Tribute: Sliding Scale

As a young guitar teacher giving lessons, I found that an hour wasn’t quite enough time. It always seemed like we were just getting started around 60 minutes, so I lengthened my lessons to 90 minutes to get the best results. I also kept my rates low, even compared to those hour-long lessons other teachers were offering. What I charged was very humble, and I suffered as a result. But I was happy to have reached a few students with my message of the joys of music.

As an astrologer, I still feel that 90 minutes is about right, though many astrologers do 75-minute sessions. I also charge less for 90 minutes than you might pay for 75 minutes elsewhere. My standard rate is $150 for 90 minutes or $100/hr if you look only at the session itself. However, at least an hour of prep time goes into every session, and there is often one minute of prep for each minute in the session. Therefore, professional astrologers commonly limit themselves to only two or three readings each day, with shorter sessions allowing for more.

Sliding Scale

Starving Artist
For those making less than $25,000 Annual Income………………………… $75
Standard Rate
For those making between $25,000 and $50,000 Annual Income…………..$150
Rising Star
For those making between $50,000 and $100,000 Annual Income…………$250
Rock Star
For those making between $100,000 and $250,000 Annual Income……….$500
Gold Record*
For those making between $250,000 and $1,000,000 Annual Income…….$1,500
Double Platinum*
For those making more than $1,000,000 Annual Income…………………….$5,000

  *For every Gold and Platinum session, I will donate one free Starving Artist session.

Income Inequality

My standard rates are roughly 2/3 the going rate. As I adjust the rate to the higher income/wealth levels, it seems shocking. The rates for those making over $250,000 seem like a lot, but they are directly proportional. If I look at these rates as an observer, the prices seem absurd. But what is absurd is the disparity of income levels and the disturbing amount of money that some people make annually, or even hourly. If we do not adjust the price up for the wealthy, it’s automatically adjusted in the other direction.

Relatively speaking, what costs the average person hundreds of dollars, only costs a billionaire pennies. This is especially troubling when we consider the price of a vehicle or a house. For most people, the price of a house exceeds their annual income, but some can afford to impulse buy a house the way we might buy a candy bar in the checkout line. While many cannot afford a place to call home, others must remind themselves which house they’re waking up in each morning.

If you’re wondering if an astrologer should make $1,000/hr or even $100/hr, you should also be wondering if Jeff Bezos should make almost $10,000,000/hr. I think not. But as long as he does, I will have an adjusted rate to ensure he pays adequate tribute and can therefore gain the necessary appreciation for my services. I don’t require a thousand dollars for an hour of my time any more than Jeff needs the extra ten million. But if Jeff wants an hour of my time, he should be willing to give up his hours’ earnings to the one who’s doing all the work. Here’s some free advice Jeff: Ditch the cowboy hat.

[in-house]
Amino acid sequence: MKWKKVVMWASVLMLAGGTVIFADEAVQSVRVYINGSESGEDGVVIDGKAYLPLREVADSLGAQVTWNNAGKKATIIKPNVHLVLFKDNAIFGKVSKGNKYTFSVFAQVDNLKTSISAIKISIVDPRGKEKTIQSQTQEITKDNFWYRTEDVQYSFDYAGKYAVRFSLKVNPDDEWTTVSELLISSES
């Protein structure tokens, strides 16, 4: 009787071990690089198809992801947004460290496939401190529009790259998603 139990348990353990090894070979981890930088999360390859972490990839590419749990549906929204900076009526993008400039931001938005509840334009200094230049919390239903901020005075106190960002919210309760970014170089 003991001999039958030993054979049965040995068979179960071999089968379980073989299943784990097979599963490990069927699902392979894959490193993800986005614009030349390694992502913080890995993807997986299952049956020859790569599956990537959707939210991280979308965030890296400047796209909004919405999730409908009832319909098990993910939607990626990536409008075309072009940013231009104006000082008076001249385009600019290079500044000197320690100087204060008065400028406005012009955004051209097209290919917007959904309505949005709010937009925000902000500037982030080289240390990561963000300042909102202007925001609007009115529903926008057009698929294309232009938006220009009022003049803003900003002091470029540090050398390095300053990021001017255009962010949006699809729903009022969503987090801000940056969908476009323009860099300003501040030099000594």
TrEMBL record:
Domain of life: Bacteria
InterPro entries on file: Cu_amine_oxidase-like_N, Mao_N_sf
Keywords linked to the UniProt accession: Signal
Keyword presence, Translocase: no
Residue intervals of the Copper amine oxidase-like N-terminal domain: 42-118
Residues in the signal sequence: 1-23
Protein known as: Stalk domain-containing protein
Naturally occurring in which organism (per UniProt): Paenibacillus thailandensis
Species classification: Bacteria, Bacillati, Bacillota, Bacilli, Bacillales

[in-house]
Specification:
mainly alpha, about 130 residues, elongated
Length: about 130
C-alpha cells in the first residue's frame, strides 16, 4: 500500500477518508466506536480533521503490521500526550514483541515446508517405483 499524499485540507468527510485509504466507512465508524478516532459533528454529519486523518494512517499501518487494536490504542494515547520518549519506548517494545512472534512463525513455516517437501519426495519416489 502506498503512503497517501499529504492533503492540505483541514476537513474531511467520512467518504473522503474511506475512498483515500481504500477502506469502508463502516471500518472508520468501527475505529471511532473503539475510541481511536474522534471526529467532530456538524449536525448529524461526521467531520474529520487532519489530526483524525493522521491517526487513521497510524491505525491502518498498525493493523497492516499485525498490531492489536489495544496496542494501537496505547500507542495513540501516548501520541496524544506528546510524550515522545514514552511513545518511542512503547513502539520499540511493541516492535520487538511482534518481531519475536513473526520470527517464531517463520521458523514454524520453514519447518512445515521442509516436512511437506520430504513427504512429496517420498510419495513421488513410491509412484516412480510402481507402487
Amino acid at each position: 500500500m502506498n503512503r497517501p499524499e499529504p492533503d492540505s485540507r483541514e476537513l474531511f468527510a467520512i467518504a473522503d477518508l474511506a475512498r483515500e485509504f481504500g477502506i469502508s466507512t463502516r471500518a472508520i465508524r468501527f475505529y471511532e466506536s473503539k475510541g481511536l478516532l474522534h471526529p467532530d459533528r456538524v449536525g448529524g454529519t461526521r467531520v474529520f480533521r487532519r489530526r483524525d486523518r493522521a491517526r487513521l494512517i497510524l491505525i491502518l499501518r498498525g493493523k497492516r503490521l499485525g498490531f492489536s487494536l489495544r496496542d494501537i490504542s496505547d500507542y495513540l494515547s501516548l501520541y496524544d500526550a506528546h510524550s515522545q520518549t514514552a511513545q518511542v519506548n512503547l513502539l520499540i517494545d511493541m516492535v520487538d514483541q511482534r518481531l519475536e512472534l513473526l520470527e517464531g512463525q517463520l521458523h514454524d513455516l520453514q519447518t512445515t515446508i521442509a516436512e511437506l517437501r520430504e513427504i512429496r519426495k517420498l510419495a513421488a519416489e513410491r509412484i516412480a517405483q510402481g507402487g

"You paid for all this."

The Age of Aquarius

And if Jeff pays his due and expects special treatment, he doesn’t fully appreciate the service. He should receive the same service as everyone else, which is already fit for a king. But we are not living in the age of Leo, and Pluto is still cleaning house in Capricorn, making way for the Aquarian Age. It is time we examine our outmoded class system, our currency and profit systems, and the power structure as we know it.

I am a soul who would gladly give my services freely and often do to my detriment. Sadly, few people can truly appreciate a gift. We are accustomed to equating a product or service with the monetary value assigned to it. When we pay nothing, we assume it has no value. But when we pay money, and the more money we spend, the more determined we are to value the product or service. Because we value money, we make sure that we get our money’s worth. We enjoy an expensive restaurant more than a roadside diner, even if the diner has better food.

For now, we continue to assign a numeric value to every product. And when that price is fixed, it’s too high for some and too low for others. Those who can afford everything cannot fully appreciate anything. It’s no wonder they seek out the highest-priced items on the planet, even when they have no practical value. Over a billion Big Macs have been served on this planet because they only cost a couple of dollars each. If they cost a billion dollars each, they would sell only a few. But those few Big Macs would be fully appreciated by a very exclusive crowd.


It’s not about money or capitalism; it’s about tribute. Even in a barter system, we value what we get when we value what we give. It’s in our nature to take for granted what others provide for us for free. The proper tribute for a service is just enough to make one determined to get their money’s worth. I may not like this system, but I understand it. We may be moving towards a better currency and value system, but the importance of tribute will remain. Please pay what you can and make sure you get the most out of our time together. Click Here to schedule a session.

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